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NEW TEMPORARY EXHIBTION: NEW HORIZONS - FROM JEWELRY TO SCULPTURE
     

 

 

New Horizons

From Jewelry to Sculpture

 

During the Renaissance period, artists managed the skills of different styles, before settling as one, that they were mostly recognized for. Fine arts was a pre-requisite for all trainees, while decorative arts such as goldsmithing was practiced only by the most skilled of artists. The vogue for exquisite objects of personal adornment was fed by the exuberant demands of a new breed of patrons. In Italy artists could look not only to the church and clergy as their traditional employers but also to the great nobles and princely families. Sources indicate that in Florence, the sculptor Lorenzo Ghiberti described in detail of the gold mountings he made in a cameo pendant he made for a lady from the Medici Family. In his ‘Vita’ the celebrated sculptor Cellini describes how he was given a papal commission for a clasp made for Pope Clement VII. He also brags that no other master was better than him to accomplish this task! One of Cellini’s rivals was Cristofor Foppa, known as Caradosso trained in sculpture and painting, and like most of the Renaissance artists in the south, employed his talent for the creation of the magnificent jewels only after years of practice.

 

Nowadays, it appears that artists work the other way around. Education and training begins on one art form and only later artists begin to experiment with unconventional materials, styles and various art forms. Their success lies in a solid educational background, professional training and personal promotion that may be assisted from important Galleries, Institutions and Organizations. Works are marked significant once technique and style match with a conceptual justification that relies on strong individual experiences, unusual political or social circumstances.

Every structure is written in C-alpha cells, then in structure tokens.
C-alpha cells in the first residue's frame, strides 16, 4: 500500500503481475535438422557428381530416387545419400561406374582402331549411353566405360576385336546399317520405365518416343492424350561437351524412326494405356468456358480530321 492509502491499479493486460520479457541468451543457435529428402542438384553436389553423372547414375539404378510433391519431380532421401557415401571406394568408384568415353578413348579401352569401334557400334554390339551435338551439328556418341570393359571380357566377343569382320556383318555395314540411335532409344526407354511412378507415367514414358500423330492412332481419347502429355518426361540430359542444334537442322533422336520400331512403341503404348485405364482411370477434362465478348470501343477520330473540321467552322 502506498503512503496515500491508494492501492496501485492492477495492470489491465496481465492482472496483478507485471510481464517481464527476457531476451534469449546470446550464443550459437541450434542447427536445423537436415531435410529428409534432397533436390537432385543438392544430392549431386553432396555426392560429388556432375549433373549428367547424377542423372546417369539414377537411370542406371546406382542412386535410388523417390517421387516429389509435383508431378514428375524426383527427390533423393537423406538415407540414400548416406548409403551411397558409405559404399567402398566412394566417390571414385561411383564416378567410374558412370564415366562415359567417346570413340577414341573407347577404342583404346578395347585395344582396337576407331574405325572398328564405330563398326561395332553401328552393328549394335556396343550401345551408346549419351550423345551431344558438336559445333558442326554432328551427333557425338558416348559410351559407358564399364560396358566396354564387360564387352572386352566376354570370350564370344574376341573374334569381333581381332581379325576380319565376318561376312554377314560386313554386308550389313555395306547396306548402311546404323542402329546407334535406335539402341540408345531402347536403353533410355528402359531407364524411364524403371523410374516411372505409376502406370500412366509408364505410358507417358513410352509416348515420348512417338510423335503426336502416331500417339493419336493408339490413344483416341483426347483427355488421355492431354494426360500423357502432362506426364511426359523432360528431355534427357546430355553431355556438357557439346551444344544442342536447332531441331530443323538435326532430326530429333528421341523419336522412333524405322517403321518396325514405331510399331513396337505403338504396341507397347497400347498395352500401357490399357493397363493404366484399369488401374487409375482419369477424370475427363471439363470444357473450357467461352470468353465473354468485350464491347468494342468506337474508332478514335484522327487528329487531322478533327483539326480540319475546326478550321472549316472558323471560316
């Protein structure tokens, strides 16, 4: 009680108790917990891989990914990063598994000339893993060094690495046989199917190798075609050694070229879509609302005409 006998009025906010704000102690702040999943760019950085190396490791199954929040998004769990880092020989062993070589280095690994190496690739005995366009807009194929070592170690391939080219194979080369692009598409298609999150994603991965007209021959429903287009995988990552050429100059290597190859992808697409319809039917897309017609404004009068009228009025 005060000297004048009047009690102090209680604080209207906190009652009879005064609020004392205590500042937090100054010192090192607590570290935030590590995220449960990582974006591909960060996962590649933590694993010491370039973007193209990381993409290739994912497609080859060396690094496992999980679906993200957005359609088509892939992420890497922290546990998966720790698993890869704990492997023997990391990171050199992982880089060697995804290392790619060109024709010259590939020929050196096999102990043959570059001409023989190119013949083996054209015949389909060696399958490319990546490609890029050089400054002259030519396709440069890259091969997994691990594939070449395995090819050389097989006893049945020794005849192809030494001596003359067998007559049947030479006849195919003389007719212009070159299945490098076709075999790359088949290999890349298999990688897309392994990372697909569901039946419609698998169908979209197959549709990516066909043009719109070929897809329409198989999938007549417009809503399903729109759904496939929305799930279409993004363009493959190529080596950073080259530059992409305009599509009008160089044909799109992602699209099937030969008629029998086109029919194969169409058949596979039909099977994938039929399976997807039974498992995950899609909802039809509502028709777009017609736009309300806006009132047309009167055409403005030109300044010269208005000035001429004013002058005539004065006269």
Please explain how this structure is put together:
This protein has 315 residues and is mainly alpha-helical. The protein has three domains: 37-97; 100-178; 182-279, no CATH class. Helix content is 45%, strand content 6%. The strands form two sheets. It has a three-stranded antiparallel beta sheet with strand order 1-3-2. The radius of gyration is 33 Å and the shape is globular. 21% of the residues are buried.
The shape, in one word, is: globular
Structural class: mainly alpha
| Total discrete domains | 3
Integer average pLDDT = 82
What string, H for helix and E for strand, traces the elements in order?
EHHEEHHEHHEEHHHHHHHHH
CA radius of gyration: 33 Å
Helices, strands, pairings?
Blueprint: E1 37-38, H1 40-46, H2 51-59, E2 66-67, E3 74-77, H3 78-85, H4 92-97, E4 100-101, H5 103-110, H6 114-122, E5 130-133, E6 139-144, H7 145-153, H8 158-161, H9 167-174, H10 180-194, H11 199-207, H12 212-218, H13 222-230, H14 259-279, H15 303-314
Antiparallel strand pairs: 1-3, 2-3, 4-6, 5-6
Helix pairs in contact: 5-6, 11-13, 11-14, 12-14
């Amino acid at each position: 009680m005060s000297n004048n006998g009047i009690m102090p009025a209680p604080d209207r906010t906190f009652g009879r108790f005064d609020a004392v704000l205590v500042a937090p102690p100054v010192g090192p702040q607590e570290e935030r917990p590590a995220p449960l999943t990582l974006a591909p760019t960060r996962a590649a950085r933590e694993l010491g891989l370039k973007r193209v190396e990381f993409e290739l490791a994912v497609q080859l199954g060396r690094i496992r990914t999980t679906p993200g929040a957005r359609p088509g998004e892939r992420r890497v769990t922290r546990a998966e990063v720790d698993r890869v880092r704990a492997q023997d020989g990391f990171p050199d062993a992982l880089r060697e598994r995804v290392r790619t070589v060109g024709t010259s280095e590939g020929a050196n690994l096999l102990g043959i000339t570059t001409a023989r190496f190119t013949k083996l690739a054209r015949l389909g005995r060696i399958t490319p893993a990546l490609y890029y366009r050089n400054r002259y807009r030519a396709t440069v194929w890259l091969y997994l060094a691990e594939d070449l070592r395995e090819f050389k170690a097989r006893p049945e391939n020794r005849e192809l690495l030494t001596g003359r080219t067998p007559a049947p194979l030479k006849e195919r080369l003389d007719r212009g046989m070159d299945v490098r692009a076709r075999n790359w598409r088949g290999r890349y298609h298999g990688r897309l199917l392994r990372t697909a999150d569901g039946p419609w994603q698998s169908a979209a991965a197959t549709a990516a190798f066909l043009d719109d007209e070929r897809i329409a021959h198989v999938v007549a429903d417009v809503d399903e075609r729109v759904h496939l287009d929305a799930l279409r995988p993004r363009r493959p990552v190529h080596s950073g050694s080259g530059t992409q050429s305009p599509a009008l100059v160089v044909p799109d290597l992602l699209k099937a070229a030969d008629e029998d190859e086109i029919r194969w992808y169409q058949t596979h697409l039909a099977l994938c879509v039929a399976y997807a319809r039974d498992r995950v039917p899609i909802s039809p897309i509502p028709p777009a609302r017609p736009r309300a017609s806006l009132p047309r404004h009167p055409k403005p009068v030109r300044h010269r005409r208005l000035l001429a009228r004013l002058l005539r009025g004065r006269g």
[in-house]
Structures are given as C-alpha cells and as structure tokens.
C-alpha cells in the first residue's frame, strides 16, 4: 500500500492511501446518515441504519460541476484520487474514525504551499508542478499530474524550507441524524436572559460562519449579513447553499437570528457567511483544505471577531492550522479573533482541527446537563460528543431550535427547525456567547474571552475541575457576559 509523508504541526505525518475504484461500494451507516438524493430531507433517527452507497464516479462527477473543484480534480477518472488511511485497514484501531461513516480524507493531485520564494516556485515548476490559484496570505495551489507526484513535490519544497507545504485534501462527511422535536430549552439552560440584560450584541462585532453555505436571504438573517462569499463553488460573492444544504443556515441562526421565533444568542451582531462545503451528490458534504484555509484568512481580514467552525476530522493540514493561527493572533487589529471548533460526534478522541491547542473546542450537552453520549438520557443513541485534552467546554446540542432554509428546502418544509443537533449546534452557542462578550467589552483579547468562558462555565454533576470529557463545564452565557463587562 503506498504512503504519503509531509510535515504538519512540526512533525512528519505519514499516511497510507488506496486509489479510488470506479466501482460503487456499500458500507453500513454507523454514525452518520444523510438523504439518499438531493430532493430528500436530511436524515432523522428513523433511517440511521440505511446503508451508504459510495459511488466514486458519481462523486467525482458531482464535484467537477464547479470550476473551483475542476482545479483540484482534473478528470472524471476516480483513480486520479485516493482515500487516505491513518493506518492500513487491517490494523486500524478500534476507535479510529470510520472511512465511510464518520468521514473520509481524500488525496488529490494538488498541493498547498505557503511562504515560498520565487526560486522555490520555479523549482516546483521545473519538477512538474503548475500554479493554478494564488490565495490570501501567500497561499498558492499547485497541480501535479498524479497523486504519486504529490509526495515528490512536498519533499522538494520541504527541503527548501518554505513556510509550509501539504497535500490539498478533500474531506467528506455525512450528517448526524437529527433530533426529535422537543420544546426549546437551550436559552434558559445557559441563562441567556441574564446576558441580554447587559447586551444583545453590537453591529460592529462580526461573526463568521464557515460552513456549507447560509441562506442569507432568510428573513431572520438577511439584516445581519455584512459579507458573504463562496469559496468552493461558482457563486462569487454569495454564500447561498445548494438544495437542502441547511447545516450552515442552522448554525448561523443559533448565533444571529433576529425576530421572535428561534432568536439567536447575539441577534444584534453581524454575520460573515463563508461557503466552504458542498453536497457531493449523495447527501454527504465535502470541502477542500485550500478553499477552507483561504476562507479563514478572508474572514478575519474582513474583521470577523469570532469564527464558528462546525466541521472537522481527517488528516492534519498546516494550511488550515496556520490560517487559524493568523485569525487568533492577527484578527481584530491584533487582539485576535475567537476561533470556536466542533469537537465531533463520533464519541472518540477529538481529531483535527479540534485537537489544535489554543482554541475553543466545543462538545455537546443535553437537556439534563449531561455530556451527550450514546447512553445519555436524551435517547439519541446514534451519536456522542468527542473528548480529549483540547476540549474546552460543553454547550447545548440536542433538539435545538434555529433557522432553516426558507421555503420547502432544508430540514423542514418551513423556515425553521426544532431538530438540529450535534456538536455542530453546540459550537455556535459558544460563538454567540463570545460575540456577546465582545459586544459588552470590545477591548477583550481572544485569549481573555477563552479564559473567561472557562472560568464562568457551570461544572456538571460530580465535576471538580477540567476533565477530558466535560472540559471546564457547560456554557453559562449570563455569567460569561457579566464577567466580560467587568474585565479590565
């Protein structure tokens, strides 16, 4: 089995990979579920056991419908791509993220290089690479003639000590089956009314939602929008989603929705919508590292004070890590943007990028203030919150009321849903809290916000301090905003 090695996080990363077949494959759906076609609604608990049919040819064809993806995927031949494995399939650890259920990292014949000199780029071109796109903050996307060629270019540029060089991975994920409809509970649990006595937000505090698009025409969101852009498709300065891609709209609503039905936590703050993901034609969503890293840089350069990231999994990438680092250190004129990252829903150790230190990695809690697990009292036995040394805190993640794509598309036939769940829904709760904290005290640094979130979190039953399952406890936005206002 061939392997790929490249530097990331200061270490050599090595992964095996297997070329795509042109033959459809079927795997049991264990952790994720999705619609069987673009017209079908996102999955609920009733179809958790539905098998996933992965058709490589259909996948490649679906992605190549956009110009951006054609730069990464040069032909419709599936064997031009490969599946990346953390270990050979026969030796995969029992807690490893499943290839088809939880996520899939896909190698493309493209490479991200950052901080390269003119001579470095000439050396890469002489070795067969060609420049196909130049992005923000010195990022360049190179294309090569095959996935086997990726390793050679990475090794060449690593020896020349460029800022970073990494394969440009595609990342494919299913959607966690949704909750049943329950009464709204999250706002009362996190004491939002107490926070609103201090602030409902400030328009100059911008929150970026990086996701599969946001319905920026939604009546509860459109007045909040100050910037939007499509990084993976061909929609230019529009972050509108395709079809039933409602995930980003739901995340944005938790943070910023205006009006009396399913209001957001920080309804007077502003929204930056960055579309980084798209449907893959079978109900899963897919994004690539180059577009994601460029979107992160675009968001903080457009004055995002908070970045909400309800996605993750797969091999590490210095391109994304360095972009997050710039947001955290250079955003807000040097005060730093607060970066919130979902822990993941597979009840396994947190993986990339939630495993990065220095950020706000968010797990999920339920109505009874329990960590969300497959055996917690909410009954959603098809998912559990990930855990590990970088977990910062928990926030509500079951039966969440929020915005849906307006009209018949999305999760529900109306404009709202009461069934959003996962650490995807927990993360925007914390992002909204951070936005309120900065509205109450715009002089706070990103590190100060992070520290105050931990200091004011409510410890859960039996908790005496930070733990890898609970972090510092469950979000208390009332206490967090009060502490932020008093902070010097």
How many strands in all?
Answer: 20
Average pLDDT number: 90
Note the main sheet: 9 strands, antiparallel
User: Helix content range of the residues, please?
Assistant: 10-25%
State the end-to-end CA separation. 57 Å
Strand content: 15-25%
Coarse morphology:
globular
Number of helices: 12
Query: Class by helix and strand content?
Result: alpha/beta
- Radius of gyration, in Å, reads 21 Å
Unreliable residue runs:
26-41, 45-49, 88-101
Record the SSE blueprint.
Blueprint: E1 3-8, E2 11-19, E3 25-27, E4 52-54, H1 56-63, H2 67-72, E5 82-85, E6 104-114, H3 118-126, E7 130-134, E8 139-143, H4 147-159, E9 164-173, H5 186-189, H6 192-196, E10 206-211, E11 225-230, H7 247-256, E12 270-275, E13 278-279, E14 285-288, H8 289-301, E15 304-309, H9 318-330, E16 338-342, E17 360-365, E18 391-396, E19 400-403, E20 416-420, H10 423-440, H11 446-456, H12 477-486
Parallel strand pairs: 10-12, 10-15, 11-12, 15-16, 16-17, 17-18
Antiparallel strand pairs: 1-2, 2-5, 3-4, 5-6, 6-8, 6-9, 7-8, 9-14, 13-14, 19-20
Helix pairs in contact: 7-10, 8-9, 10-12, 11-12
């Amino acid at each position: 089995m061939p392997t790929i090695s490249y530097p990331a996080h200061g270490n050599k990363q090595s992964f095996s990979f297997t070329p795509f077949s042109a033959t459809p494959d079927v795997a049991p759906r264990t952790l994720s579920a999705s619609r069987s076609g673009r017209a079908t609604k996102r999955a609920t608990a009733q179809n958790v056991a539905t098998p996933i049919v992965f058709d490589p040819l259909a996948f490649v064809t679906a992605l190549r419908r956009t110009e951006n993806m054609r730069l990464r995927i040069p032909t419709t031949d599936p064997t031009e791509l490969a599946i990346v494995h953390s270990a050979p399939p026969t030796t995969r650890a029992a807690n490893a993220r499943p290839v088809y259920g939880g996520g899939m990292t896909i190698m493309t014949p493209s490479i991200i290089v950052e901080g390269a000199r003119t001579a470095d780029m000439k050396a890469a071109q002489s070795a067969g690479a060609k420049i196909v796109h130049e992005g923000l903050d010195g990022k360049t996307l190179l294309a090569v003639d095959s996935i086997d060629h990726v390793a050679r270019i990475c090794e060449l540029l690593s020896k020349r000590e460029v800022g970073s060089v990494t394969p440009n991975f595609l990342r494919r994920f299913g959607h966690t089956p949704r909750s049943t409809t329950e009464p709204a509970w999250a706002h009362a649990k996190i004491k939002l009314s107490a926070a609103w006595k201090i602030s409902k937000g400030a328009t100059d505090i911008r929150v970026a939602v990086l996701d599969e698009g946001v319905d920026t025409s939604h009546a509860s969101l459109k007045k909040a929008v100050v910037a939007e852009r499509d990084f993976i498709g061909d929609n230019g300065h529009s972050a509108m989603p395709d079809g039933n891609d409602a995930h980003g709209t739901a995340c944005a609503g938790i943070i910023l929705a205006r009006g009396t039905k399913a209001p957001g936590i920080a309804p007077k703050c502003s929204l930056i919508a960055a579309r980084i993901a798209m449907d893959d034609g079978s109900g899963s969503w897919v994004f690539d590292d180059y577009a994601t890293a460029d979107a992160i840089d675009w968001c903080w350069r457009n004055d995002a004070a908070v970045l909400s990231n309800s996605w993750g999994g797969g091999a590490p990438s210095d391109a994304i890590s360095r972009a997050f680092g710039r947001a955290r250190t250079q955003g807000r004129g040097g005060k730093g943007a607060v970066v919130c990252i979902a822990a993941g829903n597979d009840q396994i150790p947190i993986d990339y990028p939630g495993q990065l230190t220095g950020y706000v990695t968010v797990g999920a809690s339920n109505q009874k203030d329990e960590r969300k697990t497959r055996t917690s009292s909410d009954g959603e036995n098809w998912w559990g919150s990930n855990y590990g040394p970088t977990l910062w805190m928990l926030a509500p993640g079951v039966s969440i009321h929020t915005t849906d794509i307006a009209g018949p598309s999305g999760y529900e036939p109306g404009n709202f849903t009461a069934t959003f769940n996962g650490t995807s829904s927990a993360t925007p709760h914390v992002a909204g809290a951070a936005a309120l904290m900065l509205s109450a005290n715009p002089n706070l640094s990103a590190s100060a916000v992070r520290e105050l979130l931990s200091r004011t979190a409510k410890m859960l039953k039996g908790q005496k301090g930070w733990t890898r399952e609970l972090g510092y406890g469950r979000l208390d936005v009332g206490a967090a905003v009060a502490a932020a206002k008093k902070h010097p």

In this exhibition renowned sculptors and studio jewelers as well as young artists, responded to an open call for exhibiting with artists of unequal caliber. Their positive nature is proved that once given the impetus to participate in an exhibition with no constraints, limitations on subject or matter, material, forms and size, new art was created. All 26 artists experimented with accustomed and fresh materials and divergent forms. Jewelry and sculpture amalgamate, bringing about wearable or monumental works of art and installations. The performance has been achieved with precious or recyclable, durable or fragile matter, and installations that may be dismantled for a different creation in the future. All works of art apply as unconventional, questioning traditional fine jewelry, which is what we exactly searched for when we planned for this exhibition. The result generates works of a dynamic transcending new art that lays the foundations for a new renaissance of Greek contemporary studio jewelry production.

 

Today the Stavros Niarchos Foundation becomes the patron for allowing this new art to transcend. An art that is studied and taught through contemporary museological methods at the ILJM. 





ARTISTS


BACHLAVA SOFIA   /   BOUCOYANNI DOLLY    /    BOULIS PANAGOULA


COUTOUZI CORINNA  / GEORGIADOU ATHINA /  GIANNOUTSOS GIORGOS


GRIGORIOU MARIA  /  HAIDEMENAKIS TASOS


KALAOGLOU MARIA  /   LITI AFRODITI        /    LIVADA IOLI


MACHAIRA ILIA   /  PANTAZOPOULOU DESPINA   /   PAPADOPOULOS YANNIS


PAPAIOANNOU EFFIE  /   STAMOULIS VASILIOS   /  STRATOU DANAE


TOULOUMIDI VIVI  /  TSALAPATIS YANNIS   /    TSIMPISKAKI MARIA


TSOUTSOPLIDIS VASILIS   /   VALSAMAKI ARTEMIS /  VAROTSOS KOSTAS


VLACHOU NELLA /  ZARARI SOFIA /   ZERVOU ELENI






                





 
 
 
 
 
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